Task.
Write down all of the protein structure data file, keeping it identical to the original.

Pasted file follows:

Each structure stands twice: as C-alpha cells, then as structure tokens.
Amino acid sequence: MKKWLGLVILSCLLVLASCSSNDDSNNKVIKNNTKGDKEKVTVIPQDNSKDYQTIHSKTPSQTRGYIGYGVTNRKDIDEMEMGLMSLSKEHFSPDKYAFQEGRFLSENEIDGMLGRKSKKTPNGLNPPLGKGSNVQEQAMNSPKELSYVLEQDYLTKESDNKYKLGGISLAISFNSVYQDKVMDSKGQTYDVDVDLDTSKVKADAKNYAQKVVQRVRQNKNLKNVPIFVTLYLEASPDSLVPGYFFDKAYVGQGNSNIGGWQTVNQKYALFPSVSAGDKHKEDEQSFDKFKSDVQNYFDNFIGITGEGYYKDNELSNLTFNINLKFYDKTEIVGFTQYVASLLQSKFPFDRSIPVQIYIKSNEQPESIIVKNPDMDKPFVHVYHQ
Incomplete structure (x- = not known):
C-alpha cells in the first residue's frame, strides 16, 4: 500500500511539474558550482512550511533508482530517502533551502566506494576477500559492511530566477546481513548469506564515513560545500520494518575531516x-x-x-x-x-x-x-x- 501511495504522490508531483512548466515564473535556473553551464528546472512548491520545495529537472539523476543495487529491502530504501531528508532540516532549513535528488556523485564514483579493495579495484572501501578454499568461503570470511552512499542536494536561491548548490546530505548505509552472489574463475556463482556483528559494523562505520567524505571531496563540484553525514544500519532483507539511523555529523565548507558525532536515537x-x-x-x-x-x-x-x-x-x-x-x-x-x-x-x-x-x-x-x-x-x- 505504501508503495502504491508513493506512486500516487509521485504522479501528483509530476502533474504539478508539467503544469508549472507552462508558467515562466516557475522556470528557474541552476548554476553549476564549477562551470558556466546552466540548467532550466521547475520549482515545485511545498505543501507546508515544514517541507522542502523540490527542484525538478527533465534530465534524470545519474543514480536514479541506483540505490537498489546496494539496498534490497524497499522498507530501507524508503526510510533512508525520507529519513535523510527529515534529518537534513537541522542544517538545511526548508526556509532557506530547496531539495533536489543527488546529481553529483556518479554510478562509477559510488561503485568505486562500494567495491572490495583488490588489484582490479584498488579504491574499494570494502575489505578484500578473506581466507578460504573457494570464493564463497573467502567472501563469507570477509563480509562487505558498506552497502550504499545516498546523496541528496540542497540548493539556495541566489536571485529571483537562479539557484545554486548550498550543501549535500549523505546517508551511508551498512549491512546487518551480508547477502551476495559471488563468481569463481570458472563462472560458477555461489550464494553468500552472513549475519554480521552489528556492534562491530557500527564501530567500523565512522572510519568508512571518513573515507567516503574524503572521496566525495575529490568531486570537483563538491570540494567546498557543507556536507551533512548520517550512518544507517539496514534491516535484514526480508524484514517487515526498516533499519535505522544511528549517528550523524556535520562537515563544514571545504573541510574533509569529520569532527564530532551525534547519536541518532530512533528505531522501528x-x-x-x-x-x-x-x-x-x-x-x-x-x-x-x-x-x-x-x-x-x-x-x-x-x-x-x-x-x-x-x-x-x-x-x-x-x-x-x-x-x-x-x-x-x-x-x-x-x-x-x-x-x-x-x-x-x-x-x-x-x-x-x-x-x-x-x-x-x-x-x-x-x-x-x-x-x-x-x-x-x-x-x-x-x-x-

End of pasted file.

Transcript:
Each structure stands twice: as C-alpha cells, then as structure tokens.
Amino acid sequence: MKKWLGLVILSCLLVLASCSSNDDSNNKVIKNNTKGDKEKVTVIPQDNSKDYQTIHSKTPSQTRGYIGYGVTNRKDIDEMEMGLMSLSKEHFSPDKYAFQEGRFLSENEIDGMLGRKSKKTPNGLNPPLGKGSNVQEQAMNSPKELSYVLEQDYLTKESDNKYKLGGISLAISFNSVYQDKVMDSKGQTYDVDVDLDTSKVKADAKNYAQKVVQRVRQNKNLKNVPIFVTLYLEASPDSLVPGYFFDKAYVGQGNSNIGGWQTVNQKYALFPSVSAGDKHKEDEQSFDKFKSDVQNYFDNFIGITGEGYYKDNELSNLTFNINLKFYDKTEIVGFTQYVASLLQSKFPFDRSIPVQIYIKSNEQPESIIVKNPDMDKPFVHVYHQ
Incomplete structure (x- = not known):
C-alpha cells in the first residue's frame, strides 16, 4: 500500500511539474558550482512550511533508482530517502533551502566506494576477500559492511530566477546481513548469506564515513560545500520494518575531516x-x-x-x-x-x-x-x- 501511495504522490508531483512548466515564473535556473553551464528546472512548491520545495529537472539523476543495487529491502530504501531528508532540516532549513535528488556523485564514483579493495579495484572501501578454499568461503570470511552512499542536494536561491548548490546530505548505509552472489574463475556463482556483528559494523562505520567524505571531496563540484553525514544500519532483507539511523555529523565548507558525532536515537x-x-x-x-x-x-x-x-x-x-x-x-x-x-x-x-x-x-x-x-x-x- 505504501508503495502504491508513493506512486500516487509521485504522479501528483509530476502533474504539478508539467503544469508549472507552462508558467515562466516557475522556470528557474541552476548554476553549476564549477562551470558556466546552466540548467532550466521547475520549482515545485511545498505543501507546508515544514517541507522542502523540490527542484525538478527533465534530465534524470545519474543514480536514479541506483540505490537498489546496494539496498534490497524497499522498507530501507524508503526510510533512508525520507529519513535523510527529515534529518537534513537541522542544517538545511526548508526556509532557506530547496531539495533536489543527488546529481553529483556518479554510478562509477559510488561503485568505486562500494567495491572490495583488490588489484582490479584498488579504491574499494570494502575489505578484500578473506581466507578460504573457494570464493564463497573467502567472501563469507570477509563480509562487505558498506552497502550504499545516498546523496541528496540542497540548493539556495541566489536571485529571483537562479539557484545554486548550498550543501549535500549523505546517508551511508551498512549491512546487518551480508547477502551476495559471488563468481569463481570458472563462472560458477555461489550464494553468500552472513549475519554480521552489528556492534562491530557500527564501530567500523565512522572510519568508512571518513573515507567516503574524503572521496566525495575529490568531486570537483563538491570540494567546498557543507556536507551533512548520517550512518544507517539496514534491516535484514526480508524484514517487515526498516533499519535505522544511528549517528550523524556535520562537515563544514571545504573541510574533509569529520569532527564530532551525534547519536541518532530512533528505531522501528x-x-x-x-x-x-x-x-x-x-x-x-x-x-x-x-x-x-x-x-x-x-x-x-x-x-x-x-x-x-x-x-x-x-x-x-x-x-x-x-x-x-x-x-x-x-x-x-x-x-x-x-x-x-x-x-x-x-x-x-x-x-x-x-x-x-x-x-x-x-x-x-x-x-x-x-x-x-x-x-x-x-x-x-x-x-x-